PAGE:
Science and research

Little is known about most of the biology and ecology of 27 elasmobranch species present in Welsh waters. There has been progress in understanding commercially targeted species, but the other 18 species are extremely data-limited, including 10 of which are listed on the Section 7 species list of the Environment (Wales) Act 2016.

Without data on distribution, abundance, seasonality, life-history traits, and associated habitats, it is challenging to safeguard these species.

Data from fishers

Our fisher engagement programme hopes to collect a range of data on historical and current presence of elasmobranchs in Wales to better understand these species (find out more in working with fishers).


Baited Remote Underwater Video Systems (BRUVS)

An array of benthic BRUVS are being deployed on the seafloor in summer, to gather information on both fish and habitat assemblages within the PLAS SAC. Alongside this, local charter fishers will be trained in deploying BRUVS, to see what species are present at their favourite marks. Footage will be analysed by scientists and citizen scientists through the Instant Wild platform.

Angelshark Satellite Tagging Survey

A satellite tagging survey to investigate Angelshark movement and habitat use will be co-designed with a charter fisher. Results of tagging will help to identify links between Angelsharks and SAC habitat features and other areas of the SAC network and adjacent waters.

Environmental DNA (eDNA)

We have been taking regular water samples across the CBAE SAC to investigate the presence and seasonality of elasmobranchs in the region. eDNA samples have also been collected during each BRUV deployment in PLAS, to compare what is seen via video and via eDNA analysis.


Dissection events

In collaboration with the Cetacean Strandings Investigation Programme (CSIP), Aberystwyth School of Veterinary Science (ASVS) and University College Dublin Veterinary Hospital (UCDVH), Project SIARC were able to conduct two sets of #CSIofTheSea examinations of five Angelsharks, in both Wales and Ireland, to gather vital biological information on these Critically Endangered species.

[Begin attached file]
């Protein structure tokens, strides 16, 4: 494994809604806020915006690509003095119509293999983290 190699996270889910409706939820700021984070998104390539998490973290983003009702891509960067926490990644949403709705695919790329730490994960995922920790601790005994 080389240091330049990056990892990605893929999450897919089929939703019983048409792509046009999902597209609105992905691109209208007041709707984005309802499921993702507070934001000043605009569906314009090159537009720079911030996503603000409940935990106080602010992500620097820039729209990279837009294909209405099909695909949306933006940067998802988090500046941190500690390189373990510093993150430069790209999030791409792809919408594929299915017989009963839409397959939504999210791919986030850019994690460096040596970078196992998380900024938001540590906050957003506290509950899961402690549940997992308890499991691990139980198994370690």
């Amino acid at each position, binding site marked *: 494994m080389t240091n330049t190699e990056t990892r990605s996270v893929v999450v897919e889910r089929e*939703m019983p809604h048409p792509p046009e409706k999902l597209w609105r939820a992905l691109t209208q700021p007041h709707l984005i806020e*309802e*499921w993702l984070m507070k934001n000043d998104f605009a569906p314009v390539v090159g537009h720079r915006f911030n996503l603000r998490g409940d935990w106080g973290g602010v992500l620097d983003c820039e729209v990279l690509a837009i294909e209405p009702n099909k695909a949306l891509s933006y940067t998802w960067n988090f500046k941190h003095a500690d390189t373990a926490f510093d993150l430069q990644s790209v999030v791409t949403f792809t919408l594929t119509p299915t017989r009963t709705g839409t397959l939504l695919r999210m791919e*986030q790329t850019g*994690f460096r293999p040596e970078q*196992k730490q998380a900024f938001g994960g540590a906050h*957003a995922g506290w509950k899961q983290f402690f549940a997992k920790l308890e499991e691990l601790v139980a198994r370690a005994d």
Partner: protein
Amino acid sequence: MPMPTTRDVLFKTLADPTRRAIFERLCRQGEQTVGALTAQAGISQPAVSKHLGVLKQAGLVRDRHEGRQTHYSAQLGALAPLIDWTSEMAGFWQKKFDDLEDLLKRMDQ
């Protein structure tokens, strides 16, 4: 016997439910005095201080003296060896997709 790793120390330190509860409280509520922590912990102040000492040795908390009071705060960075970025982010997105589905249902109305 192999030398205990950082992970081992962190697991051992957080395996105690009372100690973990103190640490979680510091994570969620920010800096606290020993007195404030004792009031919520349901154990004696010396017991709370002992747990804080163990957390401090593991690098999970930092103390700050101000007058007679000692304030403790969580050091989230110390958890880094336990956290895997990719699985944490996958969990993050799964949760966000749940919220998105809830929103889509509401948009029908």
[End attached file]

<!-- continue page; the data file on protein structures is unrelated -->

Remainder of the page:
Although it is extremely rare, strandings of dead Angelsharks can occur around the coast. Post-mortem examination and analysis of samples generates vital data related to the cause of death, health of the individual (including disease and contamination), diet, reproductive patterns, population structure, as well as connectivity to other populations across the East Atlantic and Mediterranean Sea.

The dissection events provided an incredible opportunity to both strengthen and expand current collaborations in Wales and Ireland, and highlighted the vast number of organisations working towards the conservation of Angelsharks and other shark species across the Celtic Seas Ecoregion. Together, we hope to build the capacity for collaborative elasmobranch conservation across the region.

Check out our new blog to find out more about the #CSIofTheSea examinations, and watch our video below, to find out more about the work happening in Ireland.


Research group

One of the Project SIARC aims is to enable new partnerships and collaborative research by bringing together elasmobranch scientists and NGOs across the Celtic Seas Ecoregion. To do this, we are developing a Project SIARC Research Group, to meet quarterly, to share recent findings, expertise, experience and current research between organisations.

Let's talk

If you’re a researcher or organisation working on elasmobranchs across the Celtic Seas Ecoregion, get in touch with us to find out more.
Project SIARC is a multidisciplinary project working with fishers, citizen scientists, researchers, local communities and government to safeguard sharks, skates and rays and support a green recovery in Wales.

Get involved

There are a range of ways that you can get involved with Project SIARC from actively participating in events to aiding in historical research and inspiring future generations to engage with the marine environment.


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